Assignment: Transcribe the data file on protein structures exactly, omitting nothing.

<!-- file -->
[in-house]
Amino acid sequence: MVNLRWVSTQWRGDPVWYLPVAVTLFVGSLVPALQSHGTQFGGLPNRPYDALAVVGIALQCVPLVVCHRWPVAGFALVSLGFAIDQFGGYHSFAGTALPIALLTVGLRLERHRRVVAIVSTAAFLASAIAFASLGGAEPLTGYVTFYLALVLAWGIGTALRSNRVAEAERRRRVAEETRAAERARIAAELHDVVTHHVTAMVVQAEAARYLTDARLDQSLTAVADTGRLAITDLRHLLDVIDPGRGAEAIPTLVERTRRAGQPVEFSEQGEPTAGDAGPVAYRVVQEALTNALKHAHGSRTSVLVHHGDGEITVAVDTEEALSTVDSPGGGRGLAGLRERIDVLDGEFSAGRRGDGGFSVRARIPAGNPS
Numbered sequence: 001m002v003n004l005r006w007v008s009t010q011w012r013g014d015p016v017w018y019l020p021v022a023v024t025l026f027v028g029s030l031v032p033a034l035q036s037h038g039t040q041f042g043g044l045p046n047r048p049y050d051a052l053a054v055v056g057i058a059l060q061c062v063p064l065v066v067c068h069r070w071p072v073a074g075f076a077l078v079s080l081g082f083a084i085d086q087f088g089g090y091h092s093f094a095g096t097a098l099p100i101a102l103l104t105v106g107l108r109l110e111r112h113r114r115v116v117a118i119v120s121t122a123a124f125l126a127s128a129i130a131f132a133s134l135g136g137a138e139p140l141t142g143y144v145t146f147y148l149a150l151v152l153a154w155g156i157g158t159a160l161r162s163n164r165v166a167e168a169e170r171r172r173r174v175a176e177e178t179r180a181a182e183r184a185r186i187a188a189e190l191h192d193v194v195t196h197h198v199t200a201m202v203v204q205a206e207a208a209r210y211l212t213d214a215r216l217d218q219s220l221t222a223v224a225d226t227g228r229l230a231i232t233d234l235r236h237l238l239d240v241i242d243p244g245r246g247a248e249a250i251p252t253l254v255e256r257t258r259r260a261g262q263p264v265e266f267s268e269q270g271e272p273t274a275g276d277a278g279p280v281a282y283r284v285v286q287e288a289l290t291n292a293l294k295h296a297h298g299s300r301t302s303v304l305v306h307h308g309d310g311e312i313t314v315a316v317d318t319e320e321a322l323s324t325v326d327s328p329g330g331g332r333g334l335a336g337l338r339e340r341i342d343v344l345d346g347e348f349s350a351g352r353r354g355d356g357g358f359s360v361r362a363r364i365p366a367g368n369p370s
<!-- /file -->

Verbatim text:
[in-house]
Amino acid sequence: MVNLRWVSTQWRGDPVWYLPVAVTLFVGSLVPALQSHGTQFGGLPNRPYDALAVVGIALQCVPLVVCHRWPVAGFALVSLGFAIDQFGGYHSFAGTALPIALLTVGLRLERHRRVVAIVSTAAFLASAIAFASLGGAEPLTGYVTFYLALVLAWGIGTALRSNRVAEAERRRRVAEETRAAERARIAAELHDVVTHHVTAMVVQAEAARYLTDARLDQSLTAVADTGRLAITDLRHLLDVIDPGRGAEAIPTLVERTRRAGQPVEFSEQGEPTAGDAGPVAYRVVQEALTNALKHAHGSRTSVLVHHGDGEITVAVDTEEALSTVDSPGGGRGLAGLRERIDVLDGEFSAGRRGDGGFSVRARIPAGNPS
Numbered sequence: 001m002v003n004l005r006w007v008s009t010q011w012r013g014d015p016v017w018y019l020p021v022a023v024t025l026f027v028g029s030l031v032p033a034l035q036s037h038g039t040q041f042g043g044l045p046n047r048p049y050d051a052l053a054v055v056g057i058a059l060q061c062v063p064l065v066v067c068h069r070w071p072v073a074g075f076a077l078v079s080l081g082f083a084i085d086q087f088g089g090y091h092s093f094a095g096t097a098l099p100i101a102l103l104t105v106g107l108r109l110e111r112h113r114r115v116v117a118i119v120s121t122a123a124f125l126a127s128a129i130a131f132a133s134l135g136g137a138e139p140l141t142g143y144v145t146f147y148l149a150l151v152l153a154w155g156i157g158t159a160l161r162s163n164r165v166a167e168a169e170r171r172r173r174v175a176e177e178t179r180a181a182e183r184a185r186i187a188a189e190l191h192d193v194v195t196h197h198v199t200a201m202v203v204q205a206e207a208a209r210y211l212t213d214a215r216l217d218q219s220l221t222a223v224a225d226t227g228r229l230a231i232t233d234l235r236h237l238l239d240v241i242d243p244g245r246g247a248e249a250i251p252t253l254v255e256r257t258r259r260a261g262q263p264v265e266f267s268e269q270g271e272p273t274a275g276d277a278g279p280v281a282y283r284v285v286q287e288a289l290t291n292a293l294k295h296a297h298g299s300r301t302s303v304l305v306h307h308g309d310g311e312i313t314v315a316v317d318t319e320e321a322l323s324t325v326d327s328p329g330g331g332r333g334l335a336g337l338r339e340r341i342d343v344l345d346g347e348f349s350a351g352r353r354g355d356g357g358f359s360v361r362a363r364i365p366a367g368n369p370s